In summary, temperature-varied SSPL and TRPL spectra were studied for different InGaN/GaN MQWs on Si structures with or without tensile stress releasing treatments. It was found that the sample with Si δ-doping GaN layer or AlGaN inserted layer had smaller recombination rate and higher PL efficiency (up to 17%) than the regular sample (2.5%) or sample with InGaN inserted layer (1.6%). Further analysis clarified that the smaller recombination rates were mainly led by smaller dominant nonradiative recombination rates (2.5 ×10−2 s−1 for δ-doping sample, 3.6 ×10−2 s−1 for AlGaN inserted sample compared to 3.6 ×10−2 s−1 for regular sample and 4.7 ×10−2 s−1 for InGaN inserted sample), which were ascribable to the suppression to the formation of dislocations or cracks. Besides smaller nonradiative recombination rates, the better PL performances were also led by the radiative recombination rates that were more stable and higher at room temperature (5.7 ×10−3 s−1 for δ-doping sample, 5.8 ×10−3 s−1 for AlGaN inserted sample compared to 9 ×10−4 s−1 for regular sample and 7 ×10−4 s−1 for InGaN inserted sample). They were also ascribable to the suppression of well thickness variations on MQW interfaces, leaving the deep radiative localization centers inside InGaN layers dominate the radiative recombination process. The above results showed a clear picture to the recombination processes of InGaN/GaN MQW LED devices on silicon substrates, which may guide the device fabrication in the future.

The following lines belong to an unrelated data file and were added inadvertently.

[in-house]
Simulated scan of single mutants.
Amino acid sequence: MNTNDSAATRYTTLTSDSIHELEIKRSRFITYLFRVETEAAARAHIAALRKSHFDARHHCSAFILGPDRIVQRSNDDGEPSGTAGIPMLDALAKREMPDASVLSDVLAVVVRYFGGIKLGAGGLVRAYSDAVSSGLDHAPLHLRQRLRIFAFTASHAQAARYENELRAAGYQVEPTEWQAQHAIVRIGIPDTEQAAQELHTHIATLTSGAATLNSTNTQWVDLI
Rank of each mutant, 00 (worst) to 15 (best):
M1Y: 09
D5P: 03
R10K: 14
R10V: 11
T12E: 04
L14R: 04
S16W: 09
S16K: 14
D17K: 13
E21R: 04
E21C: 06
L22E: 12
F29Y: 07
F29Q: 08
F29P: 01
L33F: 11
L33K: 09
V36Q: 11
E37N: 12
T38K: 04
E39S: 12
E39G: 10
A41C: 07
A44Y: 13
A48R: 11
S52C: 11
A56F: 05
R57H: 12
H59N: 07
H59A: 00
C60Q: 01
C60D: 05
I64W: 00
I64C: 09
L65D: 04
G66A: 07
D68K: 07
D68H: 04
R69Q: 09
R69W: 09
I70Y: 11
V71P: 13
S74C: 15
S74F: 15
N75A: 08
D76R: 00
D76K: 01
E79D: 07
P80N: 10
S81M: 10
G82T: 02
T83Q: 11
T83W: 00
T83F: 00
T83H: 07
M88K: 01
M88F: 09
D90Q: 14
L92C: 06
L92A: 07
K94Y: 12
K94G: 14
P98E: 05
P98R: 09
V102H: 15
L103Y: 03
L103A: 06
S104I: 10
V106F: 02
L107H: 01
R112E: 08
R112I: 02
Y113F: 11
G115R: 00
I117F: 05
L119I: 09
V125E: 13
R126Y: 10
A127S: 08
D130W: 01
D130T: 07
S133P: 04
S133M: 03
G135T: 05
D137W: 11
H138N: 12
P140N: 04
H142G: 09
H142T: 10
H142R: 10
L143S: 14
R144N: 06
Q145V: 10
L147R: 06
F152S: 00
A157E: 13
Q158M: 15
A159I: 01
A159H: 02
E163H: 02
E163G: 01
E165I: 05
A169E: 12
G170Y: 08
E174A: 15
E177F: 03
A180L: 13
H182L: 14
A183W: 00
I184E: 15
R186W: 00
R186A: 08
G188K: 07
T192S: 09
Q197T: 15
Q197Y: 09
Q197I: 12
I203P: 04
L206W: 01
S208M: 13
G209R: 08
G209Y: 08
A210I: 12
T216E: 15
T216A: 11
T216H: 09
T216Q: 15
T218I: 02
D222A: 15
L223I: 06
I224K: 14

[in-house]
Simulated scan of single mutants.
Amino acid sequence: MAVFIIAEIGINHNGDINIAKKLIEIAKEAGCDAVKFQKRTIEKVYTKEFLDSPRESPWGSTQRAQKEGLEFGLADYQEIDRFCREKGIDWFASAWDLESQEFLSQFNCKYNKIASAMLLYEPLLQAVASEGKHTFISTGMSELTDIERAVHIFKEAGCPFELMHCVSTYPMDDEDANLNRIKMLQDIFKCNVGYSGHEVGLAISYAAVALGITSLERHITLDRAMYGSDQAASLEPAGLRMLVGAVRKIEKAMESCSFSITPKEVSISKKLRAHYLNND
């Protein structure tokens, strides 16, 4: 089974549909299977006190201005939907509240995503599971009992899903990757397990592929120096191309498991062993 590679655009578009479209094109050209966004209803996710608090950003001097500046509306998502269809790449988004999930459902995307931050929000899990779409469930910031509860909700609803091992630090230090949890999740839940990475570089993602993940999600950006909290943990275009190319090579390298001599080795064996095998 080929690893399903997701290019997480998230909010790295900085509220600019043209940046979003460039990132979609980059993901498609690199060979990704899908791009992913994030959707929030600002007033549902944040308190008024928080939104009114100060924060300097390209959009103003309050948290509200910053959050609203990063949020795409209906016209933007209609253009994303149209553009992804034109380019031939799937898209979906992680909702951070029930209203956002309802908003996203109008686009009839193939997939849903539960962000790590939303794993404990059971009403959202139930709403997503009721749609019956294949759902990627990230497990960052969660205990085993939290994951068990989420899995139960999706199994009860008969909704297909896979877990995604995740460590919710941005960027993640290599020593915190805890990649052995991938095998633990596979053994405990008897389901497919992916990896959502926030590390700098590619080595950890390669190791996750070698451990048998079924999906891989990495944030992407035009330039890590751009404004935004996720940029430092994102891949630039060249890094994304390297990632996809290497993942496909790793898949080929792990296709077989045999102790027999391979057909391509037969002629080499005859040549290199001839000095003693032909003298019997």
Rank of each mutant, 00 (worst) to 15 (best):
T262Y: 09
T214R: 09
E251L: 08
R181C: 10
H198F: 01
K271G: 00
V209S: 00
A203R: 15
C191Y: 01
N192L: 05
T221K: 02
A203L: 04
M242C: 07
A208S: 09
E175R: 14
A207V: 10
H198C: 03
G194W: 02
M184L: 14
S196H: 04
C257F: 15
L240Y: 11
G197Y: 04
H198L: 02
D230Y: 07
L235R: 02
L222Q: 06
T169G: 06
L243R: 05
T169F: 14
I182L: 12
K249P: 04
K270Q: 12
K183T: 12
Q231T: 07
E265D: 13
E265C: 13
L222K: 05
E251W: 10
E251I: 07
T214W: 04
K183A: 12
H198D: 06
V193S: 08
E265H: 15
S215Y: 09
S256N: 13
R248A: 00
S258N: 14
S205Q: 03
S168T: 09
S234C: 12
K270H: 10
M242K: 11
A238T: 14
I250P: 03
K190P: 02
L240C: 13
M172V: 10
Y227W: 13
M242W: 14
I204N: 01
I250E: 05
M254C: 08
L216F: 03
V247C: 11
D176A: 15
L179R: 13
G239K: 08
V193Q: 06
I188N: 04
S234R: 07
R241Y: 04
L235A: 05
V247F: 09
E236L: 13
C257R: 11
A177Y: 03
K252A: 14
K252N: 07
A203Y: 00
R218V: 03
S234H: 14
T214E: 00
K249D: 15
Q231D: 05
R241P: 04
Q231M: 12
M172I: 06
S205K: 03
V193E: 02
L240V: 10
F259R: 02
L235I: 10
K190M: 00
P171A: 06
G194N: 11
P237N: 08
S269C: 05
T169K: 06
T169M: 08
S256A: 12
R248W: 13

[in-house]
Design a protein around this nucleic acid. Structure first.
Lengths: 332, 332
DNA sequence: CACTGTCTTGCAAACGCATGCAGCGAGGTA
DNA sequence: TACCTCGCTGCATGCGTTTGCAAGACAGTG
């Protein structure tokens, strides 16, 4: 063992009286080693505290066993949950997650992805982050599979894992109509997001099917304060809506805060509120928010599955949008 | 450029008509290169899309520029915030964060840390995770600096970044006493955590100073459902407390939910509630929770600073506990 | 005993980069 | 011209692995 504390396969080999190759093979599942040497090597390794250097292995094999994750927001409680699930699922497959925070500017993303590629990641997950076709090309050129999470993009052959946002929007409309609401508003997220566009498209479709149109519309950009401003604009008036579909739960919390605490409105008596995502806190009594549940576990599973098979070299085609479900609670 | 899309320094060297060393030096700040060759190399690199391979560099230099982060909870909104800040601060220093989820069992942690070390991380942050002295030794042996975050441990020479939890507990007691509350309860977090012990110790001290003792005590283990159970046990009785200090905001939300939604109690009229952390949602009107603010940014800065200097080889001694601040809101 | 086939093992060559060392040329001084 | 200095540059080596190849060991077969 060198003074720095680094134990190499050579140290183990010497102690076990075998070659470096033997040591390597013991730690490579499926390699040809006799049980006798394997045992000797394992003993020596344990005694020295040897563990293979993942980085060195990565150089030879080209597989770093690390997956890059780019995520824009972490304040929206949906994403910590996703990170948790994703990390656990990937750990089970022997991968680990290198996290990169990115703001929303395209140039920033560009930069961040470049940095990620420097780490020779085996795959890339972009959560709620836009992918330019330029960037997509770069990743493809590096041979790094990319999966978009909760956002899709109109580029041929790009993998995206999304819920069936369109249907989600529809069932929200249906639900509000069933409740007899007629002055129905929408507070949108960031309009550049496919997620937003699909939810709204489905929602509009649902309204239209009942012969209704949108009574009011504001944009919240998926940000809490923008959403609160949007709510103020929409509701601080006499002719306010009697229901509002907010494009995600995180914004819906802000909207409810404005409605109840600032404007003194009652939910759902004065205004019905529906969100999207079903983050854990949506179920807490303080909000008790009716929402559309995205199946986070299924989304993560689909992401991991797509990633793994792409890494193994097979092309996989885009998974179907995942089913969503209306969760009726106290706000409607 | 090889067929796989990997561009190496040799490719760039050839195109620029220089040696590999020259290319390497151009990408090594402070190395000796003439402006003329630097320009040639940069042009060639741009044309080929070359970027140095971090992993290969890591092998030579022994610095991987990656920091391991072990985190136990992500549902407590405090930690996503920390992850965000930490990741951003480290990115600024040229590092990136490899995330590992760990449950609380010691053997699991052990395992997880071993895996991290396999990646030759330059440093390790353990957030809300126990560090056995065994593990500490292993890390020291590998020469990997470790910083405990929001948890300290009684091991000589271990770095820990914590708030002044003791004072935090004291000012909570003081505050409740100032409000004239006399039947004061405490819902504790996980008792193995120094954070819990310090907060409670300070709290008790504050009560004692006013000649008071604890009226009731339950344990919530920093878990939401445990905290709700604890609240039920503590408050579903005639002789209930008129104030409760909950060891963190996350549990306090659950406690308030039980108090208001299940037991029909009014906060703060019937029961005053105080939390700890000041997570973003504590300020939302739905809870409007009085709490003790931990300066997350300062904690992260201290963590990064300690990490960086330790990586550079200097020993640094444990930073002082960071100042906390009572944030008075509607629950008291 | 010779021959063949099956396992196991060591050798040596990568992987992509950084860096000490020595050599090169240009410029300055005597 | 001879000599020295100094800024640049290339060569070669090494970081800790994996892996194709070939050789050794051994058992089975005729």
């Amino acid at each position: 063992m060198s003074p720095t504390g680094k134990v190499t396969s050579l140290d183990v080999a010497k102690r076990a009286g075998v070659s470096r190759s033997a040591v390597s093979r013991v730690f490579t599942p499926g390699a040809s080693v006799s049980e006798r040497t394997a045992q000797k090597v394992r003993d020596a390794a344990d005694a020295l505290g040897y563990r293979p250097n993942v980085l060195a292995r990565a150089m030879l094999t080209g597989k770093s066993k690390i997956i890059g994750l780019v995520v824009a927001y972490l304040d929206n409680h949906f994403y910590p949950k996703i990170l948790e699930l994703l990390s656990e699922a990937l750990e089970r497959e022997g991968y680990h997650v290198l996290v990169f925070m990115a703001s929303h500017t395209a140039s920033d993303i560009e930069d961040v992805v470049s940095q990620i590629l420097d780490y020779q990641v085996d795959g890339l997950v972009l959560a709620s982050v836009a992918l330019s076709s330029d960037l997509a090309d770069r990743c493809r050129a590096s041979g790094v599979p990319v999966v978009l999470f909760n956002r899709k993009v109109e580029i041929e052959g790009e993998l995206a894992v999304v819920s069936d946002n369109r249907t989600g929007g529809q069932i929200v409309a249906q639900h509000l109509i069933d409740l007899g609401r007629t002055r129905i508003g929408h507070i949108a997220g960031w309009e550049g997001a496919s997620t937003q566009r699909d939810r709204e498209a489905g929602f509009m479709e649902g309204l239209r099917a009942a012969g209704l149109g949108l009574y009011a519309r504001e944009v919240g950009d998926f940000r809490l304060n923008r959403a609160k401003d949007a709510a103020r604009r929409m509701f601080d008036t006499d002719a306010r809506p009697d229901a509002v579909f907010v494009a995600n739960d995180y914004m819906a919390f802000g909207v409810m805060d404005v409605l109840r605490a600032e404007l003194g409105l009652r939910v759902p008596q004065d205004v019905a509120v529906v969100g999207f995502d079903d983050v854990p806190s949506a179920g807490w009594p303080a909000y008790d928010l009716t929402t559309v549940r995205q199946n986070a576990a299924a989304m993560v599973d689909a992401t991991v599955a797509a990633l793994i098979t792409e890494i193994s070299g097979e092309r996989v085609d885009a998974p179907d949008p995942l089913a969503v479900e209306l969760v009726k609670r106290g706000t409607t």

Internal quantum efficiency


Laser diode


Light-emitting diode


Multiple quantum well




Steady-state photoluminescence


Time-resolved photoluminescence


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This work is supported by NSFC (61504030, 11533003, and U1731239), Guangxi Natural Science Foundation (2015GXNSFCA139007) and Special Funding for Guangxi Distinguished Professors (Bagui Rencai and Bagui Xuezhe).

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The datasets used and/or analyzed during the current study are available from the corresponding author on reasonable request.

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TL conceived and designed the work. TL and ZF wrote and revised the paper. BZ prepared the samples. ZZ, YH, and KY measured the PL spectra. ZF supervised the research work. All authors read and approved the final manuscript.

Correspondence to Zhe Chuan Feng.

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  • InGaN/GaN multiple quantum well
  • Luminescence
  • Time-resolved photoluminescence
  • Silicon substrate